How Will Jeb Bush Handle the ‘Catholic Question’ on the Campaign Trail?

by Ira Stoll  |  published on January 9, 2015

A new poll shows the former governor of Florida, brother of President Bush 43 and son of President Bush 41, leading the field of potential 2016 Republican presidential candidates. The poll comes just as Pope Francis is moving assertively, and some might say clumsily, on the public policy front, inspiring the deal between Havana and Washington to renew full diplomatic relations and preparing a papal encyclical on climate change.

Over the weekend, one of the shrewdest editors in American journalism, Matt Drudge, was linking to a Breitbart rewrite of a 2013 Miami Herald story. The Breitbart and Drudge headlines were about Jeb Bush’s admiration for the legislative tactics of President Lyndon Johnson, but the stories also carried Bush’s comments linking Bush’s position on the immigration issue to the teaching of his own Catholic Church. In his 2013 speech at Saint Leo University, Bush said, according to the Herald’s account, “To me ­— and I’m here at this great Catholic institution and this is what my church teaches me — it is completely un-American to require people living in the shadows.”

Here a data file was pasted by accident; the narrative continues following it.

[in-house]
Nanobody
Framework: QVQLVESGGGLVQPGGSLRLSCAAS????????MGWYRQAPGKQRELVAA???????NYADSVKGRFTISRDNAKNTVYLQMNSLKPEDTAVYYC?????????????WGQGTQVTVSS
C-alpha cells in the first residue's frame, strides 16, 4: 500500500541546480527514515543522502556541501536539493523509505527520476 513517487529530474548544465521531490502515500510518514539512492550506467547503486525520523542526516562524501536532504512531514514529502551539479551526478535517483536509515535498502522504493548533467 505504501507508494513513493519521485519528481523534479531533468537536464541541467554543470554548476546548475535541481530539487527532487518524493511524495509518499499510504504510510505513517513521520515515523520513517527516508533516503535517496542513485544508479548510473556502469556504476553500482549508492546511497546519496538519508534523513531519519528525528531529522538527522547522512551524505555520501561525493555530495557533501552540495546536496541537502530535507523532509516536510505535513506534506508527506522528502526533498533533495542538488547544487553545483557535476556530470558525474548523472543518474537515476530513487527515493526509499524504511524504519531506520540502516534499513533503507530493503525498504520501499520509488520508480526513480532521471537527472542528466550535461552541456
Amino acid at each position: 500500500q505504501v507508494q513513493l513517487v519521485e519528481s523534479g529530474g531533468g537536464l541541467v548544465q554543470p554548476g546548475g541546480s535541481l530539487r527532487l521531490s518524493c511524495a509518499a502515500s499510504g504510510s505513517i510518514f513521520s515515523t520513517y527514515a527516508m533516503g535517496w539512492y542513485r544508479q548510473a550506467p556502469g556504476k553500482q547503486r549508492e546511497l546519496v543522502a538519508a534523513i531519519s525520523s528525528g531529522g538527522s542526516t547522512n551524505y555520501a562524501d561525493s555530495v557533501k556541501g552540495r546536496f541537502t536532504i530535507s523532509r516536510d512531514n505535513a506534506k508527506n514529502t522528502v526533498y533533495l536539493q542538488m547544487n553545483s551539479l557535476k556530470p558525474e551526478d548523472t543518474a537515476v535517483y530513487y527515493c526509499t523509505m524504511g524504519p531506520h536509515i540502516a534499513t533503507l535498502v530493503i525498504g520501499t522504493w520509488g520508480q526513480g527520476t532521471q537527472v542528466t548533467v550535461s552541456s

Anyone worried that Pope Francis’s outspoken liberalism will sway Bush away from conservative principles may be reassured by the former Florida governor’s statement reacting to President Obama’s renewal of full diplomatic relations with Cuba. Bush denounced the deal as “ill-advised,” a “foreign-policy misstep” that “undermines America’s credibility and undermines the quest for a free and democratic Cuba.” The statement was framed as a criticism of President Obama, but implicit in it was a distancing from the foreign policy of Pope Francis.

Bush is hardly the only potential 2016 presidential candidate who may face questions about Pope Francis. Other Catholic Republicans include a former senator from Pennsylvania, Rick Santorum; a senator from Florida, Marco Rubio; the party’s 2012 vice presidential nominee, Paul Ryan, and the governor of New Jersey, Chris Christie. On the Democratic side, Andrew Cuomo and Vice President Biden are both Catholics.

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